I'm always pleased to welcome back author friends who have previously been a guest on my blog. Today, it's the turn of Deirdre Palmer whose new novel, Moonshine, was published this week by Crooked Cat. I thought it would be a good time to find out a little more about Deirdre and her writing life so I took the opportunity to ask her a few questions.
Can you tell my readers something about your new novel, Moonshine?
There are four main characters: young marrieds Terry and Carol-Anne; Terry’s mate, Mark, and Mark’s girlfriend Vicki, all from Deptford, South London. Also, there’s Donna, Terry and Carol-Anne’s two-year-old daughter. Carol-Anne’s teenage sister, Beverly, plays a big part in the story and she’s mostly seen through the other characters.
It’s the summer of 1969 and the group go to Paignton for a caravan holiday. The Apollo 11 space mission is in progress, and the whole camp stays up all night to watch the moon-walk on TV, but in the middle of the party, Beverly goes missing, and creates a drama of her own when she makes a serious accusation. Chaos ensues when the others are forced to take sides, nobody knowing who is telling the truth.It’s mostly left to Carol-Anne to sort out the resulting mess, but when they return to London, each of them has other problems to face.
It’s a fast-paced read, with a lot of humour and bit of romance, too. The caravan park, by the way, is based on one I stayed at with a friend around that time. It was all quite primitive then, and I had a lot of fun with that! The clubhouse came from another holiday camp somewhere else, though.
Was it easier or harder to write a sequel and did you always know there would be a second book after Dirty Weekend?
Easier, because I knew the characters so well already – three of the four main characters from Dirty Weekend return in Moonshine. I thought it might be hard to get the balance right between writing a book which would stand alone but have some continuity too, but once I started writing I didn’t have any problems. Again, I think that’s because I knew the characters inside out, and although they threw me a few surprises, I knew basically what their lives had been like in the ‘missing’ three years. After I’d written the next book, Never Coming Back, I wanted a real change from that, and that’s when I decided on the sequel to Dirty Weekend.
How long did Moonshine take you to write?
I can’t remember now, but probably around six to eight months. I only write for a few hours a day. Some days I don’t write at all.
What was the hardest scene to write?
It was a minor scene, with Carol-Anne and Vicki in a coffee bar. Dialogue is my favourite thing to write but this came at a point in the plot when I needed to show a wariness between the two girls and it just wouldn’t flow. I did my best with it, then my editor picked up on it – the only scene she asked me to look at again, luckily – and finally I got it right.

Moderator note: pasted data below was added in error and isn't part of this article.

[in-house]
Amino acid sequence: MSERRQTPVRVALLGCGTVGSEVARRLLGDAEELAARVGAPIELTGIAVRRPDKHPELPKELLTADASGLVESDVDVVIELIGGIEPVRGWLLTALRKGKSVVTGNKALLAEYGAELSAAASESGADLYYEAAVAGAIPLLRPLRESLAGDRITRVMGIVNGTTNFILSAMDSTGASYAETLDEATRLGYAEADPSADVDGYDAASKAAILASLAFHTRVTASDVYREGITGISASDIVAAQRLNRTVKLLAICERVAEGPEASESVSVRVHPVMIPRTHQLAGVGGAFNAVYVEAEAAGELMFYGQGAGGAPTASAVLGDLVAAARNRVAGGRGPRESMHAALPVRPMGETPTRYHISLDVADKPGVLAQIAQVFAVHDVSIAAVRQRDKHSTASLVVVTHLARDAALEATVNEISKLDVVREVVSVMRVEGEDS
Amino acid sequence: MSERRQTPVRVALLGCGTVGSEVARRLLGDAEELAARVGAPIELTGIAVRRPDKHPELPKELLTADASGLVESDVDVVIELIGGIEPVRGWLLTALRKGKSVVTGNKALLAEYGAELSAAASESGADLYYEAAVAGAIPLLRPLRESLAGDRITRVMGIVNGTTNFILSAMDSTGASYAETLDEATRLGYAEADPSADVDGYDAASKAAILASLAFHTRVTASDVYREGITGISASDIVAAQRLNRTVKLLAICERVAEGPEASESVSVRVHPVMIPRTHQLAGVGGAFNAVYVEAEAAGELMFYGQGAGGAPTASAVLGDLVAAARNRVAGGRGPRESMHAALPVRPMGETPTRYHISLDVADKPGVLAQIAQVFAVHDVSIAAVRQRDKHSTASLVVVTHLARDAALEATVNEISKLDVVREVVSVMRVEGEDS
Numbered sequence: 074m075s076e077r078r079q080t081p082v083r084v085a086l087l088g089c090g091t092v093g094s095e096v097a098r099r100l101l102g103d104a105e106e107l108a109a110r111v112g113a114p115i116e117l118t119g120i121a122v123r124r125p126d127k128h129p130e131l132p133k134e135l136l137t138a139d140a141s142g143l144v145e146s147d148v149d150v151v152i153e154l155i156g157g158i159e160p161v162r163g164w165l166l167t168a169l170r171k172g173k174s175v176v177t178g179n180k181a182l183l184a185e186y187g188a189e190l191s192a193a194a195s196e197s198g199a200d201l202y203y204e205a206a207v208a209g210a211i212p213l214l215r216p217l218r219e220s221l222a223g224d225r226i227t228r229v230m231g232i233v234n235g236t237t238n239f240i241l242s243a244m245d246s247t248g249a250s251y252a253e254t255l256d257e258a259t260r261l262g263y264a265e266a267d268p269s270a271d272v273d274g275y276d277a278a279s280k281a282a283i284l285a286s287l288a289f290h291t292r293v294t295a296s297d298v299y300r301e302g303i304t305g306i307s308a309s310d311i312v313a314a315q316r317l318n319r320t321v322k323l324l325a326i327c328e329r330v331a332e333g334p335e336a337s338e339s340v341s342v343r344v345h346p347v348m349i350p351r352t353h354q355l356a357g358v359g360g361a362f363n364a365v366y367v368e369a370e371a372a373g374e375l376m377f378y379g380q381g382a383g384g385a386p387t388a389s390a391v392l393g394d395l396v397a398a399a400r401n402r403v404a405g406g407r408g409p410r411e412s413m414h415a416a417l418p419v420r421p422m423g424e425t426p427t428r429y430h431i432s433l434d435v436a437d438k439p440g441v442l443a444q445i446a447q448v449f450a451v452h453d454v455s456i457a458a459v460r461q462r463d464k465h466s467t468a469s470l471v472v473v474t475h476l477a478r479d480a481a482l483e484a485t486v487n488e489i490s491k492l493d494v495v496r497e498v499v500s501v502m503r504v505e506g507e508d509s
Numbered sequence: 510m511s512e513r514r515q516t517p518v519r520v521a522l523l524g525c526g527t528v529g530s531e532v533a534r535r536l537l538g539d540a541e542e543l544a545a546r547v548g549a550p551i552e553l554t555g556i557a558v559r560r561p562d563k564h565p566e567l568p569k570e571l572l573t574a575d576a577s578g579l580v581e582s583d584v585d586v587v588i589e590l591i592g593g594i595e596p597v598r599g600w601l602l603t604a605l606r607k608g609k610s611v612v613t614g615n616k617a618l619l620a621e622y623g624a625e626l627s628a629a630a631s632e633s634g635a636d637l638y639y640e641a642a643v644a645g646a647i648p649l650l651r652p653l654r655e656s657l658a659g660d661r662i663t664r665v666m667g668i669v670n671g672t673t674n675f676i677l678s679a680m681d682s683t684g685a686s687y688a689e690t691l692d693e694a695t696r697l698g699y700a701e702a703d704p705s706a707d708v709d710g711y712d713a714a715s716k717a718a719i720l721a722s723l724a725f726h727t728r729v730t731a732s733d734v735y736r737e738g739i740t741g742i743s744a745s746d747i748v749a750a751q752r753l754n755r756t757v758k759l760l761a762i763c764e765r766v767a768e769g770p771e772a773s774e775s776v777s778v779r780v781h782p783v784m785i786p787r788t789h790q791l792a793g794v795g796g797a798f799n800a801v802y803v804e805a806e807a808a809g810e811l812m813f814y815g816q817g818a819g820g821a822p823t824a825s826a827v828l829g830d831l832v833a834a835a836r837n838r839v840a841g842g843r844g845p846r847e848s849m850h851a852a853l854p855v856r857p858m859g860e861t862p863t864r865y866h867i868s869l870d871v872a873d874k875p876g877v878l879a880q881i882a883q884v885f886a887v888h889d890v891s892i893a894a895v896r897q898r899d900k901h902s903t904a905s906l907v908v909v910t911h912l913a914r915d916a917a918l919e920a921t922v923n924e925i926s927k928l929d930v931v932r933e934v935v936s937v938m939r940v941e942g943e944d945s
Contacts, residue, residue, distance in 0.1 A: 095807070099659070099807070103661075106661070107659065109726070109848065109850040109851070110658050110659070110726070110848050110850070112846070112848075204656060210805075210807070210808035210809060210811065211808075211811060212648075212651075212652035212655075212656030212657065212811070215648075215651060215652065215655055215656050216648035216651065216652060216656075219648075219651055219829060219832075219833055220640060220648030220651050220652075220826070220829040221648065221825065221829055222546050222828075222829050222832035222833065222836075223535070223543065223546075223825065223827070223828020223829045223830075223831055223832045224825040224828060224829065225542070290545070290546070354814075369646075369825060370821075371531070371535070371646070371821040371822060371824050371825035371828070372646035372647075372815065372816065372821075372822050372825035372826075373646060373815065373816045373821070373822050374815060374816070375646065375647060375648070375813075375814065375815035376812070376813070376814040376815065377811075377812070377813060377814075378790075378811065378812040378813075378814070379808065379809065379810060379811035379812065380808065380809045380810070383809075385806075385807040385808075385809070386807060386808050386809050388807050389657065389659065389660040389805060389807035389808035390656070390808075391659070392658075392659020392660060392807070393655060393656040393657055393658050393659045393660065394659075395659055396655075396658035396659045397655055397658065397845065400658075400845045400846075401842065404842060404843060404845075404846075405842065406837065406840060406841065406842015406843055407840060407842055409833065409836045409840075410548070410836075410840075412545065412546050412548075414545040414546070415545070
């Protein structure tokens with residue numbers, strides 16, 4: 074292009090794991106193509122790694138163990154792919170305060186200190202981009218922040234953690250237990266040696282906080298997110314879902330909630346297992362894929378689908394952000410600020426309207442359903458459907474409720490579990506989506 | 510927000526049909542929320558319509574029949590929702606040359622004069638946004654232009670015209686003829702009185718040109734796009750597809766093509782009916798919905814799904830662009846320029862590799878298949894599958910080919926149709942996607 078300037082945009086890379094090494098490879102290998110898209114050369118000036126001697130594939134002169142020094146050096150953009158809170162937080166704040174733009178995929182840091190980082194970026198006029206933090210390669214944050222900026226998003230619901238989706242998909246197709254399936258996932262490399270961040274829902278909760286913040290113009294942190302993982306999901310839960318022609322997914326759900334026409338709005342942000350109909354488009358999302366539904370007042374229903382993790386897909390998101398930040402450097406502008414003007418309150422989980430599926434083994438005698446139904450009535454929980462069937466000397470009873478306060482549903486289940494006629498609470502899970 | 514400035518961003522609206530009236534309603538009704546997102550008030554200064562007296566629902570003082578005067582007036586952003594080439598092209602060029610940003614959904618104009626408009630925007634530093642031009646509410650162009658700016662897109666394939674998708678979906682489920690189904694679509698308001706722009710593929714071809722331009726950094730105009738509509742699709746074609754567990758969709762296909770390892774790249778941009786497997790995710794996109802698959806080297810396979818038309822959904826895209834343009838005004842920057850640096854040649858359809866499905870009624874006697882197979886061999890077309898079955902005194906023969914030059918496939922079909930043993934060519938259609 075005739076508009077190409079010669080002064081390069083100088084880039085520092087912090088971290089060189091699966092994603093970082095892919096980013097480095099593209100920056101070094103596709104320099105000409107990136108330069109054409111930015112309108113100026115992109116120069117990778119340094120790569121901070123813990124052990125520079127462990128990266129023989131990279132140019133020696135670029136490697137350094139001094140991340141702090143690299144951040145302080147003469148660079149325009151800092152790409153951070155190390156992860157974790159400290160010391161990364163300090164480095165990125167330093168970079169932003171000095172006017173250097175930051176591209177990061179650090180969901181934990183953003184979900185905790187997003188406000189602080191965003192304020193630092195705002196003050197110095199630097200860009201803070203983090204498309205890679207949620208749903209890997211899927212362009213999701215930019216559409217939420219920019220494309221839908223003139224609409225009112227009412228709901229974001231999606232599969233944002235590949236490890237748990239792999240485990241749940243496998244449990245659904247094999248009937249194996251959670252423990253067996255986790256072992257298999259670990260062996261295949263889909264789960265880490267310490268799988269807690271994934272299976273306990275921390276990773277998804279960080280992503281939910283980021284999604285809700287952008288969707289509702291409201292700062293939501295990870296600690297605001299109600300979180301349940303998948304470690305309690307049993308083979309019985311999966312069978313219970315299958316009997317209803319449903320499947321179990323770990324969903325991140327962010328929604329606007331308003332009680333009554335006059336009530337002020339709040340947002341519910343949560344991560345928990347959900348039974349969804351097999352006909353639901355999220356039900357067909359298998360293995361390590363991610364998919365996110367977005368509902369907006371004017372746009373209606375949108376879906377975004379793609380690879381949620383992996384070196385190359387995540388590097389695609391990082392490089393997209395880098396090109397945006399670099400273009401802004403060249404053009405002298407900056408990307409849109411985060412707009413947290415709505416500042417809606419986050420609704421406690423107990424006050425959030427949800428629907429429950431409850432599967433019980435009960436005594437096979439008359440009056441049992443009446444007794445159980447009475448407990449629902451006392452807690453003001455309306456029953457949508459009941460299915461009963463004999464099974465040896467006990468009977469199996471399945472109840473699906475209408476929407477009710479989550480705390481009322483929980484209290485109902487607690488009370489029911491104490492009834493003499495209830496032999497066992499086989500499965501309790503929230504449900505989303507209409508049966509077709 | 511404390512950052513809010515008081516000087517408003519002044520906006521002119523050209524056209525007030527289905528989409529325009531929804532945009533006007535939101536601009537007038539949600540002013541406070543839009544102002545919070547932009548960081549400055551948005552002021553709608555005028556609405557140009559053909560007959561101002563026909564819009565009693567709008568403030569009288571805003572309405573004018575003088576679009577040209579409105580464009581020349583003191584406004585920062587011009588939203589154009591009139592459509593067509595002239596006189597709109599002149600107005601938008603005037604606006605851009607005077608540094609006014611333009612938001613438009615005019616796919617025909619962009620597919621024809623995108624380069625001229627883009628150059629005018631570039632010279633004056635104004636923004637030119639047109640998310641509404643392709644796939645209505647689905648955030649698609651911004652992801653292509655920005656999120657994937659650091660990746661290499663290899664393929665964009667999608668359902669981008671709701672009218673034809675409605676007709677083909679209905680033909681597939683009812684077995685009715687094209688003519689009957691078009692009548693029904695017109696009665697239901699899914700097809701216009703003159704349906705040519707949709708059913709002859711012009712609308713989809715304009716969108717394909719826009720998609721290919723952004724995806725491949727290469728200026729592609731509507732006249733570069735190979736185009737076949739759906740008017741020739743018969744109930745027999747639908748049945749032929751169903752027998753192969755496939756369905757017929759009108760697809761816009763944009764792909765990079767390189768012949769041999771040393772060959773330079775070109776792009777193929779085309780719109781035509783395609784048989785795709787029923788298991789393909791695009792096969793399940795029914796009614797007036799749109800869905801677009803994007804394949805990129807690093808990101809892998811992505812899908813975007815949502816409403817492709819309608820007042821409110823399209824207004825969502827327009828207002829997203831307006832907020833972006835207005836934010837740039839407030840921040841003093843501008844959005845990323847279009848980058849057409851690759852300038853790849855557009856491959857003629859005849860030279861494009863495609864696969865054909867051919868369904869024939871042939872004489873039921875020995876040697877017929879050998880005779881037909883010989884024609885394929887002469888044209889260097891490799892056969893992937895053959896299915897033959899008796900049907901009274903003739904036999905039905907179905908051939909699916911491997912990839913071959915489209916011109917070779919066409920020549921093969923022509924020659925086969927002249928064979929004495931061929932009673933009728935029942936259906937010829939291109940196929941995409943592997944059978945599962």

Do you think it’s important to have a ‘brand’?
Interesting question. Branding is something that’s being talked about a lot at the moment and I do struggle a bit with the concept. If it means getting yourself recognised as an author who writes books on certain themes, in a certain style, which I think it does, it’s a whole lot easier if your books all fit into the same tight genre; romantic comedy, for example. Then you can have matching covers, and carry the design through to your website and all the rest of it. It’s when you start crossing the boundaries and experimenting with different styles, which I am, it’s much harder to say that you’re this or that kind of writer. So, to answer the question, it probably is important to build a brand in that it helps to sell the books, but achieving it isn’t always that straightforward.
Do you believe in writers’ block?
No. I think if you’re truly stuck for any length of time, something’s wrong with the piece you’re trying to write and it needs a re-think, or it shouldn’t be there at all.
Does your family support your career as a writer?
Yes, they’re very proud of what I’m doing, and my sons plug the books on Instagram and Facebook. Secretly though, they’re all wondering when I’m going to write that massive best-seller!
If you could tell your younger writing self anything, what would it be?
Start now, don’t wait as long as I did. Find the time somehow.
What is the first book that made you cry?
What next for Deirdre Palmer?
I’m writing some more short stories as I’ve had some success with The People’s Friend, and I may also try a pocket novel. There will be another full-length book at some point but what type of book that will be, I’ve yet to discover!
Wendy, thanks very much for inviting me onto your blog. I’ve enjoyed answering your questions.
Amazon page link